by North of Boston
When we’ve talked about the admissions process for highly-selective colleges in the past, people here have remarked that choosing randomly from amongst a college’s applicant pool would probably be just as good as a big, high-priced admissions committee hand-picking individuals from that pool. Well, apparently some people who study such things agree that a lottery system would be a good idea:
Why elite colleges should use a lottery to admit students
So, Totebaggers, what do you think? For any college (not just the elite ones), do you like the idea that applicants should just have to show a baseline level of academic proficiency, and then just have a lottery determine who gets in?
Does It Matter Where You Go to College?
Research suggests that elite colleges don’t really help rich white guys. But they can have a big effect if you’re not rich, not white, or not a guy.
(1) “The difference we found is that college selectivity does seem to matter, especially for married women, by raising earnings almost entirely through the channel of increased labor force participation,” she says.
If you’re not an economist, that might sound complicated. But it’s pretty simple. For the vast majority of women, the benefit of going to an elite college isn’t higher per-hour wages. It’s more hours of work. Women who graduate from elite schools delay marriage, delay having kids, and stay in the workforce longer than similar women who graduate from less-selective schools.
(2) ” lower-income students at an elite school such as Columbia University have a “much higher chance of reaching the [top 1 percent] of the earnings distribution” than those at an excellent public university, such as SUNY Stony Brook in Long Island”
(3) ” The simplest answer to the question “Do elite colleges matter?” is: It depends on who you are. In the big picture, elite colleges don’t seem to do much extra for rich white guys. But if you’re not rich, not white, or not a guy, the elite-college effect is huge. It increases earnings for minorities and low-income students, and it encourages women to delay marriage and work more”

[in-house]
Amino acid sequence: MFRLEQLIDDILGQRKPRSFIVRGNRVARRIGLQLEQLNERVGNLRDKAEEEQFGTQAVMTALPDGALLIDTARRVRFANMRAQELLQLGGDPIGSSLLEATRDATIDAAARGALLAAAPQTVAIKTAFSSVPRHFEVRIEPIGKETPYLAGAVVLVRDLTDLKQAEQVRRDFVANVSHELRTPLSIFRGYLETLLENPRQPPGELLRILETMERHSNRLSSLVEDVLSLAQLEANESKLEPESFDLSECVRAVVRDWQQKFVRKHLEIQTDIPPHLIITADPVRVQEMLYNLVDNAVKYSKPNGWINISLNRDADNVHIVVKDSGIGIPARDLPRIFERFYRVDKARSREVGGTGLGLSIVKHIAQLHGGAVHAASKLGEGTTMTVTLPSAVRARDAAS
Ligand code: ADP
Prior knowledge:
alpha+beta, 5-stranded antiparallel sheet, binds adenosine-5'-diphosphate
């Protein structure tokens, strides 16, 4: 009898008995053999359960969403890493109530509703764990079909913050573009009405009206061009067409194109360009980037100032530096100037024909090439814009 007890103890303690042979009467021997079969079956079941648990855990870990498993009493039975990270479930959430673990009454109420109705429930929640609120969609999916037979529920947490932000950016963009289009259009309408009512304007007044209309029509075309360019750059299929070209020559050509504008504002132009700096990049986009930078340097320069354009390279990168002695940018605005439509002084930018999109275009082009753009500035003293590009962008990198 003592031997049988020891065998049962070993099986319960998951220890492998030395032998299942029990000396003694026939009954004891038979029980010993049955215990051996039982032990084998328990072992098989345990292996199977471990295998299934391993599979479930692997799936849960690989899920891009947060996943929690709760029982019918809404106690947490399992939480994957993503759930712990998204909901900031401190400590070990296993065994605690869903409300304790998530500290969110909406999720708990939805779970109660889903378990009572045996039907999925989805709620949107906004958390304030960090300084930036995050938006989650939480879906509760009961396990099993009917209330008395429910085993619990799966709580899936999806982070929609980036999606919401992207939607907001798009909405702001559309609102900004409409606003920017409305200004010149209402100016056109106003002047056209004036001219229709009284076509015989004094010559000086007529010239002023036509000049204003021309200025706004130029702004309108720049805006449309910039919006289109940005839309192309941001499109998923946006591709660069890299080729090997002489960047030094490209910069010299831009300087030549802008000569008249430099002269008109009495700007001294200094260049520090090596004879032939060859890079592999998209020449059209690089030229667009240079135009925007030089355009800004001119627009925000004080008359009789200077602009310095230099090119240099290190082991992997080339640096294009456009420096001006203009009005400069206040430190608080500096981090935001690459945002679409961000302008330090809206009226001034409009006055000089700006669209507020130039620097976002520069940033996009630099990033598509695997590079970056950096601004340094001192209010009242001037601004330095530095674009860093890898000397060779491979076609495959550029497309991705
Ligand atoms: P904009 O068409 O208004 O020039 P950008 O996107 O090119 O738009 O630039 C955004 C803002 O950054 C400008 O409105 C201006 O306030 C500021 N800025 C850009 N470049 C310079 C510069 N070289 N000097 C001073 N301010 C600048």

What do you think?
Calculating the Risk of College
(Original link from the WSJ: Calculating the Risk of College)
On going to college from the Blackfeet Indian Reservation:
The Blackfeet Brain Drain
Some Native kids who leave to pursue education find themselves stuck between a longing to help their community and the lack of viable employment back home.
We’ve talked about winning the geographic lottery at birth, which occurs when you are born/grow up somewhere with professional job opportunities. One of the reasons some people are reluctant to invest in higher education is that they don’t want to move and their communities have few jobs with returns to higher education.
by Rocky Mountain Stepmom
Did I already submit this? Anyway, it’s a report (that I’m not going to pay for) about how to teach Generation Z. The description page actually touches on all the relevant issues. What do you think, you parents of Gen Z? Are your kids “skeptical and money-conscious”? (Good. They’ll make excellent Totebaggers.)
The New Generation of Students: How Colleges Can Recruit, Teach, and Serve Gen Z